Over the past four months I have been fortunate enough to complete two epic multi-day hikes. The first was the Tour du Mont Blanc, a 170km circumnavigation of the Mont Blanc massive that traverses the Alps of France, Switzerland and Italy. In a close-knit team of two, Chris and I carried everything with us, from tents, to cooking pots, espresso cups, wooly jumpers, swimsuits, red wine and cheese. We wild camped (illegally so in Italy - don’t tell!) all nights but one, and got an immensely privileged insight into Alpine communities, culinary delights and livelihood. The second hike spanned all of October during which I joined my brothers, sister-in-law, and aunt for a journey across the eastern corner of the Nepalese Himalayas. We took the approach trial to Makalu Peak, the 5th highest mountain in the world (soaring above 8400m), and reached 5300m to see Makalu base camp, before descending to warmer and more oxygenated mountains. We had an immensely over-qualified and talented team of Nepalese porters, sherpas and cooks. In both instances I was out of connectivity throughout and luxuriated in a feeling of freedom, of the heady awareness of how time takes on an alternate beat without app notifications. I read avidly in the evenings and thought a lot. I thought in particular about walking.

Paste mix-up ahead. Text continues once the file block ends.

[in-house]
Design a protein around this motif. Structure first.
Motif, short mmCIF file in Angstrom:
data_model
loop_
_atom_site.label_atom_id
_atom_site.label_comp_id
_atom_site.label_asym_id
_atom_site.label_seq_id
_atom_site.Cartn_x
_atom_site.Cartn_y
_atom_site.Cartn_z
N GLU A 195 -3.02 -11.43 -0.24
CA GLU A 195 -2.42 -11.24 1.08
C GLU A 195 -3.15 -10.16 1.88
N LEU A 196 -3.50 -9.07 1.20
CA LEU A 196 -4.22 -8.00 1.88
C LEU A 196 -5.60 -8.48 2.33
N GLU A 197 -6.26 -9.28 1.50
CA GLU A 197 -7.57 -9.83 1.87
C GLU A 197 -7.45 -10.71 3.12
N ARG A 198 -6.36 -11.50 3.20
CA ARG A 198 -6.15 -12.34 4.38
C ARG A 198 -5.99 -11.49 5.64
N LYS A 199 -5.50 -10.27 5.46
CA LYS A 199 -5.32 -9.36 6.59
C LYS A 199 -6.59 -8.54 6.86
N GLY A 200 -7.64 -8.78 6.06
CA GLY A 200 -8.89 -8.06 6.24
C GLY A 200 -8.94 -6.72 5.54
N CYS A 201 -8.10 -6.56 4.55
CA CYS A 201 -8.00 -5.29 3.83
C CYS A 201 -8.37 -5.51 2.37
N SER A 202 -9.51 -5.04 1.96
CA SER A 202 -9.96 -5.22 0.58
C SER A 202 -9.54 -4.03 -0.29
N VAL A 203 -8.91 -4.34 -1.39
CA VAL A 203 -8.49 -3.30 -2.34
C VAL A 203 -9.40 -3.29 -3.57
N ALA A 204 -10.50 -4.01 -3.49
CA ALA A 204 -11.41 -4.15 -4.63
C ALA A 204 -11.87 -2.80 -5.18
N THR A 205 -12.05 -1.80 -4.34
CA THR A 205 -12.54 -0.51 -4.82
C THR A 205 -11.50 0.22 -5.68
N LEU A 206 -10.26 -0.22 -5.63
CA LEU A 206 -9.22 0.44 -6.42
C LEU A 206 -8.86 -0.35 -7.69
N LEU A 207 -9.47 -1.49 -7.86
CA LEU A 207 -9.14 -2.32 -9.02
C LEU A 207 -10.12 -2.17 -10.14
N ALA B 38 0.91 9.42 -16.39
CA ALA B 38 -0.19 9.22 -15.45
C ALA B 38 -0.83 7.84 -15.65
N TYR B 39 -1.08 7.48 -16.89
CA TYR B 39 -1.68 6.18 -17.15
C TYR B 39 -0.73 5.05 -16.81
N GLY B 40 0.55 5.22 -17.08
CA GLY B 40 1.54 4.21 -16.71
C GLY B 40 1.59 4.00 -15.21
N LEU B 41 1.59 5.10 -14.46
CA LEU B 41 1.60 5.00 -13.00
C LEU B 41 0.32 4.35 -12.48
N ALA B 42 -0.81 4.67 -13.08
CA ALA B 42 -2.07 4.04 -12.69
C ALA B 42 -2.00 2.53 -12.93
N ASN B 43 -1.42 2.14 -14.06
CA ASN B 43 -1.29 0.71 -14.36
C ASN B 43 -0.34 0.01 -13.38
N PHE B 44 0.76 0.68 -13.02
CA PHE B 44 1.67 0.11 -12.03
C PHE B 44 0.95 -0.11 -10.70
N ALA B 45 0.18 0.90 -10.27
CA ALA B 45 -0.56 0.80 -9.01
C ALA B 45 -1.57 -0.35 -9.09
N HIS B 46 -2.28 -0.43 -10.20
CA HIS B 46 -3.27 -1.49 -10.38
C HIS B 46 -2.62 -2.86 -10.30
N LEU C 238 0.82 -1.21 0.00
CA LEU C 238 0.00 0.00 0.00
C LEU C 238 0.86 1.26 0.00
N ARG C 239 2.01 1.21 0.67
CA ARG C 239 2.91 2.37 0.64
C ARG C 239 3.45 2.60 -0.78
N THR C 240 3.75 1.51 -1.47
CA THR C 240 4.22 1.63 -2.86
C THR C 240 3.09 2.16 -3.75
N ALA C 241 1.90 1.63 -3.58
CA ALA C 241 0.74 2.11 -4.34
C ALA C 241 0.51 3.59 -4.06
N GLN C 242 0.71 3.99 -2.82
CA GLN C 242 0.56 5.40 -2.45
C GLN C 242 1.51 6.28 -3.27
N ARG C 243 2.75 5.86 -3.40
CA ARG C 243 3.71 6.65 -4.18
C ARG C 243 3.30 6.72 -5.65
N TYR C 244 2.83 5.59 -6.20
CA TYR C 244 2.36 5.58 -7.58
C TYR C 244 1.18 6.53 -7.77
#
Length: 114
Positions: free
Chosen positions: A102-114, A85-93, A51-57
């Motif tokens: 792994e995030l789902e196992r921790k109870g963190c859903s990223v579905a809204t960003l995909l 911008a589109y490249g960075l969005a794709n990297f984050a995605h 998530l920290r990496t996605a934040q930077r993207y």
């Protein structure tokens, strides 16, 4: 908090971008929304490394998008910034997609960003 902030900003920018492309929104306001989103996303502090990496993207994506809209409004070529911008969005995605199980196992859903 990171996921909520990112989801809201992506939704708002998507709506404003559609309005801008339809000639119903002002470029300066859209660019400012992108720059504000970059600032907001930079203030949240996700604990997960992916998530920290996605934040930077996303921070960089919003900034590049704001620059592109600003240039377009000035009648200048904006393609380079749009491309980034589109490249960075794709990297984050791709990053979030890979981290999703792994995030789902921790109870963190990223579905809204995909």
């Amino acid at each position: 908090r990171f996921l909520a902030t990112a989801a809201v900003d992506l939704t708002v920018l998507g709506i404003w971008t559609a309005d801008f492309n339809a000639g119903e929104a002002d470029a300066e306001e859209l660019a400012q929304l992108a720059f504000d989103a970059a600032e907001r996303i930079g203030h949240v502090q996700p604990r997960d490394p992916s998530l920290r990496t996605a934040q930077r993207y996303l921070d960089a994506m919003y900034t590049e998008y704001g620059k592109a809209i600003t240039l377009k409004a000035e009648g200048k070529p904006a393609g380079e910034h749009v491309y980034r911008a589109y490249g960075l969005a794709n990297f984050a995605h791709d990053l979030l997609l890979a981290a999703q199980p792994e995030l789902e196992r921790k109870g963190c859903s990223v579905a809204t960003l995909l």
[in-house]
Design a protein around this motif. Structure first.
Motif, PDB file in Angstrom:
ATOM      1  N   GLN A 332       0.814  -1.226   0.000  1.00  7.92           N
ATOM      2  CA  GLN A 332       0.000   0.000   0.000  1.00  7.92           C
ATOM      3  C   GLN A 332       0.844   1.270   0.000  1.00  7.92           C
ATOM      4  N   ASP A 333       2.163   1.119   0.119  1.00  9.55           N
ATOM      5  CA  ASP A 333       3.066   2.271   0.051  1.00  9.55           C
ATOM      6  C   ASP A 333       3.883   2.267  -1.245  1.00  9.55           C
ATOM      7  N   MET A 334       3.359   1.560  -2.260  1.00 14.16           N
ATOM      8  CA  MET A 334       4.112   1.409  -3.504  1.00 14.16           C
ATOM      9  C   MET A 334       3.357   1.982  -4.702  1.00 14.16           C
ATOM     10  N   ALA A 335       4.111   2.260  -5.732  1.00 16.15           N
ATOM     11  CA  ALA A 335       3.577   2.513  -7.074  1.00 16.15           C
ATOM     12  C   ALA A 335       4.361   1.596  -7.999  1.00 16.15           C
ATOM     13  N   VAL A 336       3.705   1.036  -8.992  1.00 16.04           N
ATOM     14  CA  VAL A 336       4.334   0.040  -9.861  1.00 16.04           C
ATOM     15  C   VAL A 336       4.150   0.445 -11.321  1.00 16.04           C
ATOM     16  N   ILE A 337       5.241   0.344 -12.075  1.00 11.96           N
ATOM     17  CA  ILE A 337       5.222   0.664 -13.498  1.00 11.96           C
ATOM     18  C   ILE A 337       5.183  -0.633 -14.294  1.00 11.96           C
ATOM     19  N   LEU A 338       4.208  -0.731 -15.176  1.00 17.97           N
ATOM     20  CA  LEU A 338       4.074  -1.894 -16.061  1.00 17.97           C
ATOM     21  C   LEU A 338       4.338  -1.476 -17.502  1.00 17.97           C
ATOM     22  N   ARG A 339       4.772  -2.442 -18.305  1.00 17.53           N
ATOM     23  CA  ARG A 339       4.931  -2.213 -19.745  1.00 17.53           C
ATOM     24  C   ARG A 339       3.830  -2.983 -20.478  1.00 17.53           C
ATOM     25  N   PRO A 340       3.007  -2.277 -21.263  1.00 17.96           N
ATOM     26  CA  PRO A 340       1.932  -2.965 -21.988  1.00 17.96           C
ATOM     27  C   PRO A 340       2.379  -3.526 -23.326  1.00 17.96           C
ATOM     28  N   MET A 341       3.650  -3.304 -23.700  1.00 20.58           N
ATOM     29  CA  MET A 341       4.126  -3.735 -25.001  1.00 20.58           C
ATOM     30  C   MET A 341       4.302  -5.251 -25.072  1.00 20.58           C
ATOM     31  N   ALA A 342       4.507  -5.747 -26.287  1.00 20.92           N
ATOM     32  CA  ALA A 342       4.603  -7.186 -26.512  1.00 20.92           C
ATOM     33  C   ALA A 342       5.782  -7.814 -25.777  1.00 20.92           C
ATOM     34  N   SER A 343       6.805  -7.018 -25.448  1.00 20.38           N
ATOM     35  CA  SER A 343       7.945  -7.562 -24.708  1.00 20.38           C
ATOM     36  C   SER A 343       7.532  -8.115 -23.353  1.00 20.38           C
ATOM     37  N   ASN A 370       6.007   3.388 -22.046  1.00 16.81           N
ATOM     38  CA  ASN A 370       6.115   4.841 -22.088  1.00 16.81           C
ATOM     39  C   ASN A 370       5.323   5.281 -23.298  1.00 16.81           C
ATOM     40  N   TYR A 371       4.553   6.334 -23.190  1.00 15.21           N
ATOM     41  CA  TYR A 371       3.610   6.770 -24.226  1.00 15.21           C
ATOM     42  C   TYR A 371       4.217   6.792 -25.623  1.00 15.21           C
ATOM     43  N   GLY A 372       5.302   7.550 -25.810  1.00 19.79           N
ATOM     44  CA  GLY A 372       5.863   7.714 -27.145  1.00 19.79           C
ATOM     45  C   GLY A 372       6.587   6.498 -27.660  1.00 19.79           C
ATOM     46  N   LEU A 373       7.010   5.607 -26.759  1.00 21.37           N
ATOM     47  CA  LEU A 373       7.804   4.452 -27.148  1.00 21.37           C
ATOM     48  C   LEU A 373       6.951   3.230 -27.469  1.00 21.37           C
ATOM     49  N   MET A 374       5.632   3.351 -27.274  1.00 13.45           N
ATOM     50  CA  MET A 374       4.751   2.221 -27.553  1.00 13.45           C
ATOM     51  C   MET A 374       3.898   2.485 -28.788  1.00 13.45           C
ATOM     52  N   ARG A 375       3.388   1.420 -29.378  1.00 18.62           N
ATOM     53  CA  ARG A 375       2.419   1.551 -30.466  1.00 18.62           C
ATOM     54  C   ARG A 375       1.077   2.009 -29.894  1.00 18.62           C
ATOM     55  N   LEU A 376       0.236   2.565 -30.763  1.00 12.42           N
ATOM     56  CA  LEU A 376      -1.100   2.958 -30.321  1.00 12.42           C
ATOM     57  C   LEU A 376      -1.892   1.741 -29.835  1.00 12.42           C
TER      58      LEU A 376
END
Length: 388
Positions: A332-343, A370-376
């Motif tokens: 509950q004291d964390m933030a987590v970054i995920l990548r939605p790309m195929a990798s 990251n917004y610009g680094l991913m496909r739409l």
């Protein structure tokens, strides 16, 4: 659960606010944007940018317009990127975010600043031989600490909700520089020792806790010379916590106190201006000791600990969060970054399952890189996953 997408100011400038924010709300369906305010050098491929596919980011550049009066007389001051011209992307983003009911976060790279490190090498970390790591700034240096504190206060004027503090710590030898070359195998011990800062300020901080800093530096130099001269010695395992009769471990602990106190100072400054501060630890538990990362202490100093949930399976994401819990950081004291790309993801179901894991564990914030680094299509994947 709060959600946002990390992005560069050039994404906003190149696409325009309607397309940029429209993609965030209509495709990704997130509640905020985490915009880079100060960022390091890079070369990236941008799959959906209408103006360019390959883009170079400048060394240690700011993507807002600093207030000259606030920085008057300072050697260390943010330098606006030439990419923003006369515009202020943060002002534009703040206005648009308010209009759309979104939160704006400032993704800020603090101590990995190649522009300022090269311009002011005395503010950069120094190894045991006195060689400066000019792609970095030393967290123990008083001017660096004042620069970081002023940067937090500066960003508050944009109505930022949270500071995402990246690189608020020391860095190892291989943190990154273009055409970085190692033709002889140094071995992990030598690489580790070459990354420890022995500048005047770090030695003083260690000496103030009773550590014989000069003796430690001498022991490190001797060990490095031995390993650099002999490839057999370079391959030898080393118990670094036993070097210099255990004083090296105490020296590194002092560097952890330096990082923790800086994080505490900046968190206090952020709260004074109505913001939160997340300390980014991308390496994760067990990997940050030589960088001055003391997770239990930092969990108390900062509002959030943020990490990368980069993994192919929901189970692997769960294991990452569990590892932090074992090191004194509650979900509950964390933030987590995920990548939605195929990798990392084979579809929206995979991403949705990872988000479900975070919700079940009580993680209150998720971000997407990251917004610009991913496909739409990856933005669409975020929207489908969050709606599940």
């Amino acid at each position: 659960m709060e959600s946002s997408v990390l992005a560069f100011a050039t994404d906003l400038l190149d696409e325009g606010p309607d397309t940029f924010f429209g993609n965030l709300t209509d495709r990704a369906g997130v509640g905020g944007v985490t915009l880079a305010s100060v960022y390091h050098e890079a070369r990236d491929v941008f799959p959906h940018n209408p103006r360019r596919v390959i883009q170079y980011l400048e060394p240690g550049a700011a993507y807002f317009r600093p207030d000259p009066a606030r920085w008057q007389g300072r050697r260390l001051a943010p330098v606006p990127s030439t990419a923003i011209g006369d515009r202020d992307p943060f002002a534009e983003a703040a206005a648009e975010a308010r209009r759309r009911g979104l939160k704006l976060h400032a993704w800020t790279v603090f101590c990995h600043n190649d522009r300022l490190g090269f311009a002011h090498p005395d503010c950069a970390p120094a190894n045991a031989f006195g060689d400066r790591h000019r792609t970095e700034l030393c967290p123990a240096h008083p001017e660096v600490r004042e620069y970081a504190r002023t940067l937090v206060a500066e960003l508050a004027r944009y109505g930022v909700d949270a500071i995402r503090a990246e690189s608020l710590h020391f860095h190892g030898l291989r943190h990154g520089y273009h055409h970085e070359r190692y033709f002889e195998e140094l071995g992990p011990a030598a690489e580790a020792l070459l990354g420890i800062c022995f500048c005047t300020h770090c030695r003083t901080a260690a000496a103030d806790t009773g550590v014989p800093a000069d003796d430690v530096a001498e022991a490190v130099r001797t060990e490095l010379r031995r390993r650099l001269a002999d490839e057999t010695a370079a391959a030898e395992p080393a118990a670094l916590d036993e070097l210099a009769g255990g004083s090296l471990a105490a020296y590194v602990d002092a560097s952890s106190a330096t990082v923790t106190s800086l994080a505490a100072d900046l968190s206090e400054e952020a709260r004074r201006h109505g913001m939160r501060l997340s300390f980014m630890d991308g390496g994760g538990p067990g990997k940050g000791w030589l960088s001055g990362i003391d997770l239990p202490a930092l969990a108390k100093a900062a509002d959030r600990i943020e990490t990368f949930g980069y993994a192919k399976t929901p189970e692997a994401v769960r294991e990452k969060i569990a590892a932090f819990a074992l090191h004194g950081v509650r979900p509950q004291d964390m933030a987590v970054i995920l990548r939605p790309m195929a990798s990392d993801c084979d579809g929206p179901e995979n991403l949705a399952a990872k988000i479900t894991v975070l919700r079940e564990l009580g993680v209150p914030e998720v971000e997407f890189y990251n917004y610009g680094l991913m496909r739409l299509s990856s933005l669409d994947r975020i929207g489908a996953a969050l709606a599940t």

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When the moment of stress takes hold, the mind is at flight. I have come to measure and understand my level of stress in relation to my ability to sustain conscious awareness. Stress, for me is defined by a sense that I have lost a measured observance of my thoughts and how time passes. I often find that bad habit patterns that I may have under control - for the most part anyway - resurface in times of stress. I act by impulse. I act out of fear and I act unknowingly. Here is a podcast for you to listen to in moments of stress. I hope its useful.
American writer and poet, Donald Hall, wrote a melancholic, self-reflective essay in The New Yorker late last year titled, “Between Solitude and Loneliness”. He writes about his solitary life on an isolated farm he has inherited from his late grandmother. He is in his late eighties at the time, a widower with little contact to the outside world other than through his craft, and a weekly visit from a housekeeper. He is perfectly content. He looks back on his life in this essay to unearth and then ponder over a succession of circumstances in which he has cherished and sought solitariness.